Santa Clara County leaders are advocating for a vaccine distribution strategy that would prioritize neighborhoods hit hardest by the COVID-19 pandemic, they announced in a press conference on Thursday afternoon.
San Jose City Councilmember Magdalena Carrasco, joined by Assemblymember Ash Kalra and Gilroy City Councilmember Rebeca Armendariz, called on California Governor Gavin Newsom to implement “targeted strategies” for vaccination distribution that would take into account the racial demographics of a population and “COVID-19 incidence and lethality of the virus by census tract.”
Councilmember Carrasco, Santa Clara County Supervisor Cindy Chavez, and the San Jose Help and Racial Equity Task Force initially communicated these recommendations in a letter to the governor on Jan. 15.
Carrasco also asked Newsom to allocate an additional 100,000 doses to Santa Clara County and to “pressure” President Joe Biden to open a Federal Emergency Management Agency (FEMA) vaccination site in San Jose.
The plan would grant counties greater flexibility in allocating limited vaccine doses but would not affect the population category, like ages 65+, that receives vaccinations.
Carrasco said that the areas she represents are “three of the most impacted zip codes in the county of Santa Clara” and argued that neighborhoods with high numbers of COVID-19 cases and deaths should be prioritized during vaccine distribution. All areas are majority Hispanic in terms of racial composition.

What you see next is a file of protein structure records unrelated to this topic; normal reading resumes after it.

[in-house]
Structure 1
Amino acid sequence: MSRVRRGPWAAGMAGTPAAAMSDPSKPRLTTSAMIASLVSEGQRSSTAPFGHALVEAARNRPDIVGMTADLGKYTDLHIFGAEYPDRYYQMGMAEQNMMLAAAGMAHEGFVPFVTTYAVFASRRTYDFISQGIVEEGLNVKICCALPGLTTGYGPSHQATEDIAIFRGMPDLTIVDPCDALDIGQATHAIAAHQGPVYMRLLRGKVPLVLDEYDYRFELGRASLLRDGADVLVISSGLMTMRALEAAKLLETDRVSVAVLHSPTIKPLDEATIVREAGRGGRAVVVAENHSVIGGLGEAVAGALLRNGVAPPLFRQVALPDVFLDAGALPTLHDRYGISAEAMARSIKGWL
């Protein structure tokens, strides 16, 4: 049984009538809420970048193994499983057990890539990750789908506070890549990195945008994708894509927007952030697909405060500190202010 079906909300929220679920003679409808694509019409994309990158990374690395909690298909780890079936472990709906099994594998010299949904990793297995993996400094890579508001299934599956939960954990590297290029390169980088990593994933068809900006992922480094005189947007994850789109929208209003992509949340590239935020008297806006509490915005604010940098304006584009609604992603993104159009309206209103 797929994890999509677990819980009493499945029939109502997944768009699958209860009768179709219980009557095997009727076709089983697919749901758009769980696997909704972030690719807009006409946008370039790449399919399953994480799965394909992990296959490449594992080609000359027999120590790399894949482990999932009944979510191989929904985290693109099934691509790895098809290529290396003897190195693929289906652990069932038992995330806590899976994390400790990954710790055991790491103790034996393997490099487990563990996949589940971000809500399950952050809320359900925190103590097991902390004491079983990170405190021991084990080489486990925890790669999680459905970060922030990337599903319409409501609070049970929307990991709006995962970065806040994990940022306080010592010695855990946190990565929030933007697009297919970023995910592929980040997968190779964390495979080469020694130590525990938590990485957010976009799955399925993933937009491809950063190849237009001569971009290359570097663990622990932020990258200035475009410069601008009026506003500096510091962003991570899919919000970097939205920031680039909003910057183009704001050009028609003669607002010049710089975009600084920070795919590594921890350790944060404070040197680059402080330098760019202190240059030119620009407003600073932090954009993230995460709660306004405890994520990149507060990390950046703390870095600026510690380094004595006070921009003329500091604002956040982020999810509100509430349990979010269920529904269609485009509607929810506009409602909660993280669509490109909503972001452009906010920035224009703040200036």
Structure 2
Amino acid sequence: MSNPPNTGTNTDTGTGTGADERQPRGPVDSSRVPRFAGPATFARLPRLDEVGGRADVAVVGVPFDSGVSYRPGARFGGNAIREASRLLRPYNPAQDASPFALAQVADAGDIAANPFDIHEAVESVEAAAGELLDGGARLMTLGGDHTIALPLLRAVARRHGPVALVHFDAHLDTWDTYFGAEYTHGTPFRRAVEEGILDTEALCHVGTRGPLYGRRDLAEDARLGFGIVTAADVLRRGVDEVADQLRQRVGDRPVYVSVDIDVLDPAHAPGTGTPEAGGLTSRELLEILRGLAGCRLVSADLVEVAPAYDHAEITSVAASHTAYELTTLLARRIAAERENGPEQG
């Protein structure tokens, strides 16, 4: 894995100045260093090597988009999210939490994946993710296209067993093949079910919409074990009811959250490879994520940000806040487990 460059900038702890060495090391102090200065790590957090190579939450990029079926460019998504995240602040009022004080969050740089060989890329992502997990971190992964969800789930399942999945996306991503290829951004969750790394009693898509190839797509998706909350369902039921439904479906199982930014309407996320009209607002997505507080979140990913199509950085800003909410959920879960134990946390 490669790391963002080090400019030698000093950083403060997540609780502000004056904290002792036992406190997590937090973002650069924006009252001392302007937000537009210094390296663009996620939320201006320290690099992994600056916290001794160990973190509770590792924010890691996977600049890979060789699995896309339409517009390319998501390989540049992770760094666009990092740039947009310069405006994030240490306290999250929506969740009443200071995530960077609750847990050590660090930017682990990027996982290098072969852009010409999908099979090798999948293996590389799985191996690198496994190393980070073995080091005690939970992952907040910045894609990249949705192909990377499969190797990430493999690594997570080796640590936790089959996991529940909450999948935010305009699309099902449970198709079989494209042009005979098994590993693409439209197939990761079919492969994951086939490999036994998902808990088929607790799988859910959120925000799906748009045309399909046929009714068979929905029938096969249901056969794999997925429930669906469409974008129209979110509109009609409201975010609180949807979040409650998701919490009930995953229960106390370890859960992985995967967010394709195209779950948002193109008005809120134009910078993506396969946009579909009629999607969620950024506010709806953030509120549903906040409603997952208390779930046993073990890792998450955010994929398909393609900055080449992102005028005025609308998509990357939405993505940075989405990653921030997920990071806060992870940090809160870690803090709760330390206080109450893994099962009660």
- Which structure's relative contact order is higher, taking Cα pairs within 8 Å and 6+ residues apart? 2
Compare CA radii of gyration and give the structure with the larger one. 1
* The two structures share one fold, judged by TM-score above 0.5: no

“I’m urging our governor to help our most vulnerable residents get to the front of the line,” Carrasco said. “Ensuring the rapid distribution of COVID-19 vaccine to our most vulnerable communities will be critical elements in ending the pandemic and resuming normal, economic, social, and most importantly educational activities.”
Santa Clara’s Public Health Department released a statement on Wednesday urging health systems to continue to focus on vaccinating the 65+ age group before moving on to Phase 1B, the second phase of vaccine distribution, which includes frontline essential workers. The statement did not mention any of the targeted distribution strategies for which local leaders are advocating.
Kalra expanded on the importance of race as a determining factor for distribution, referencing the disproportionate number of Latinx Californians who have been impacted by COVID-19. According to Kalra and Carrasco, while Latinx individuals constitute 25% of Santa Clara County’s population, they account for 51% of its COVID cases.
“It’s not a coincidence that these zip codes are largely made up of working class Latino families who sacrifice their lives daily as essential workers and who live, in many cases, 2, 3, 4 families to a household because of the cost of living in our Valley,” Kalra said.
Jessica Paz-Cedillos, the executive director at the Mexican Heritage Plaza vaccination clinic where the press conference took place, summarized the group’s message:
“Our message to the governor is simple. Prioritize communities that had been hit the hardest by this pandemic. That would be a commitment to equity,” she said.
Contact Katie Reveno at kreveno ‘at’ stanford.edu.